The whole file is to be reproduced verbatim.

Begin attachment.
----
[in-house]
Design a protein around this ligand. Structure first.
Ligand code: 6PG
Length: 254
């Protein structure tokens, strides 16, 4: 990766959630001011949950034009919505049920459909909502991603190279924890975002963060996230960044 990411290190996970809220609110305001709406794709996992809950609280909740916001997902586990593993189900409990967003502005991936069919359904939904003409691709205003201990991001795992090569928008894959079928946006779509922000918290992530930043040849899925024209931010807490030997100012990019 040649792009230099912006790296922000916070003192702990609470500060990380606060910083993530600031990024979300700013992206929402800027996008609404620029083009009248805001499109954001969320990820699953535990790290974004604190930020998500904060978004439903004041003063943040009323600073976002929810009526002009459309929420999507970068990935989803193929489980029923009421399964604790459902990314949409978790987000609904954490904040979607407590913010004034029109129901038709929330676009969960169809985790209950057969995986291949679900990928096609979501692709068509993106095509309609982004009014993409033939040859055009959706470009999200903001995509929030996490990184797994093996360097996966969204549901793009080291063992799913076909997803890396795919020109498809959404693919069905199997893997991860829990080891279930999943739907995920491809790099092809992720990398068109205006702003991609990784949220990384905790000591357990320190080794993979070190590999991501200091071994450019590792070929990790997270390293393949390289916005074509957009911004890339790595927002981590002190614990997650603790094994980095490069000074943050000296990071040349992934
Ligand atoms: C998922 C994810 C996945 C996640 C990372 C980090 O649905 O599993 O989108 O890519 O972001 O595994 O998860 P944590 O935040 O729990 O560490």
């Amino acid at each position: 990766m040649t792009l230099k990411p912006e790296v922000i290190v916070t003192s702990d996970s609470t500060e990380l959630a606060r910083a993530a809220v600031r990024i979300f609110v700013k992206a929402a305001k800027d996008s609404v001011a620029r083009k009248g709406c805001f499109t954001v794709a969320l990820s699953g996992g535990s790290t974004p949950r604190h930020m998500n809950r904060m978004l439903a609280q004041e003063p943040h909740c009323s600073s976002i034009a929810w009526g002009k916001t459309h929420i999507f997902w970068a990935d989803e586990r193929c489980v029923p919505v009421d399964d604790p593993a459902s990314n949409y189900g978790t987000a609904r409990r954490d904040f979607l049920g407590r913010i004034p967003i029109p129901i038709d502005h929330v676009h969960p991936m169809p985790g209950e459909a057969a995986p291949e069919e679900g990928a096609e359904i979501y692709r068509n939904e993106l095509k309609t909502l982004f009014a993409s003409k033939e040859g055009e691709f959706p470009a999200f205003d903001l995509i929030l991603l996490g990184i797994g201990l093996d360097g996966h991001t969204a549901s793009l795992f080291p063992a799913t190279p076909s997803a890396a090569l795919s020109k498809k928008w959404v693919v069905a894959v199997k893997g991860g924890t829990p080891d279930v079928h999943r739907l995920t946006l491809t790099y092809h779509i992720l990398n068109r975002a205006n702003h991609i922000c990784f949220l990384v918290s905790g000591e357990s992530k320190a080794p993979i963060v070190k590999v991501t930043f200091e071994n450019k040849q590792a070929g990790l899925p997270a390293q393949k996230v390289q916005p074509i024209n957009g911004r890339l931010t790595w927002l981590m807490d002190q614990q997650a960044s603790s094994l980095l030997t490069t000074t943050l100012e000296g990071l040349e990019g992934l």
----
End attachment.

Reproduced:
[in-house]
Design a protein around this ligand. Structure first.
Ligand code: 6PG
Length: 254
């Protein structure tokens, strides 16, 4: 990766959630001011949950034009919505049920459909909502991603190279924890975002963060996230960044 990411290190996970809220609110305001709406794709996992809950609280909740916001997902586990593993189900409990967003502005991936069919359904939904003409691709205003201990991001795992090569928008894959079928946006779509922000918290992530930043040849899925024209931010807490030997100012990019 040649792009230099912006790296922000916070003192702990609470500060990380606060910083993530600031990024979300700013992206929402800027996008609404620029083009009248805001499109954001969320990820699953535990790290974004604190930020998500904060978004439903004041003063943040009323600073976002929810009526002009459309929420999507970068990935989803193929489980029923009421399964604790459902990314949409978790987000609904954490904040979607407590913010004034029109129901038709929330676009969960169809985790209950057969995986291949679900990928096609979501692709068509993106095509309609982004009014993409033939040859055009959706470009999200903001995509929030996490990184797994093996360097996966969204549901793009080291063992799913076909997803890396795919020109498809959404693919069905199997893997991860829990080891279930999943739907995920491809790099092809992720990398068109205006702003991609990784949220990384905790000591357990320190080794993979070190590999991501200091071994450019590792070929990790997270390293393949390289916005074509957009911004890339790595927002981590002190614990997650603790094994980095490069000074943050000296990071040349992934
Ligand atoms: C998922 C994810 C996945 C996640 C990372 C980090 O649905 O599993 O989108 O890519 O972001 O595994 O998860 P944590 O935040 O729990 O560490």
């Amino acid at each position: 990766m040649t792009l230099k990411p912006e790296v922000i290190v916070t003192s702990d996970s609470t500060e990380l959630a606060r910083a993530a809220v600031r990024i979300f609110v700013k992206a929402a305001k800027d996008s609404v001011a620029r083009k009248g709406c805001f499109t954001v794709a969320l990820s699953g996992g535990s790290t974004p949950r604190h930020m998500n809950r904060m978004l439903a609280q004041e003063p943040h909740c009323s600073s976002i034009a929810w009526g002009k916001t459309h929420i999507f997902w970068a990935d989803e586990r193929c489980v029923p919505v009421d399964d604790p593993a459902s990314n949409y189900g978790t987000a609904r409990r954490d904040f979607l049920g407590r913010i004034p967003i029109p129901i038709d502005h929330v676009h969960p991936m169809p985790g209950e459909a057969a995986p291949e069919e679900g990928a096609e359904i979501y692709r068509n939904e993106l095509k309609t909502l982004f009014a993409s003409k033939e040859g055009e691709f959706p470009a999200f205003d903001l995509i929030l991603l996490g990184i797994g201990l093996d360097g996966h991001t969204a549901s793009l795992f080291p063992a799913t190279p076909s997803a890396a090569l795919s020109k498809k928008w959404v693919v069905a894959v199997k893997g991860g924890t829990p080891d279930v079928h999943r739907l995920t946006l491809t790099y092809h779509i992720l990398n068109r975002a205006n702003h991609i922000c990784f949220l990384v918290s905790g000591e357990s992530k320190a080794p993979i963060v070190k590999v991501t930043f200091e071994n450019k040849q590792a070929g990790l899925p997270a390293q393949k996230v390289q916005p074509i024209n957009g911004r890339l931010t790595w927002l981590m807490d002190q614990q997650a960044s603790s094994l980095l030997t490069t000074t943050l100012e000296g990071l040349e990019g992934l």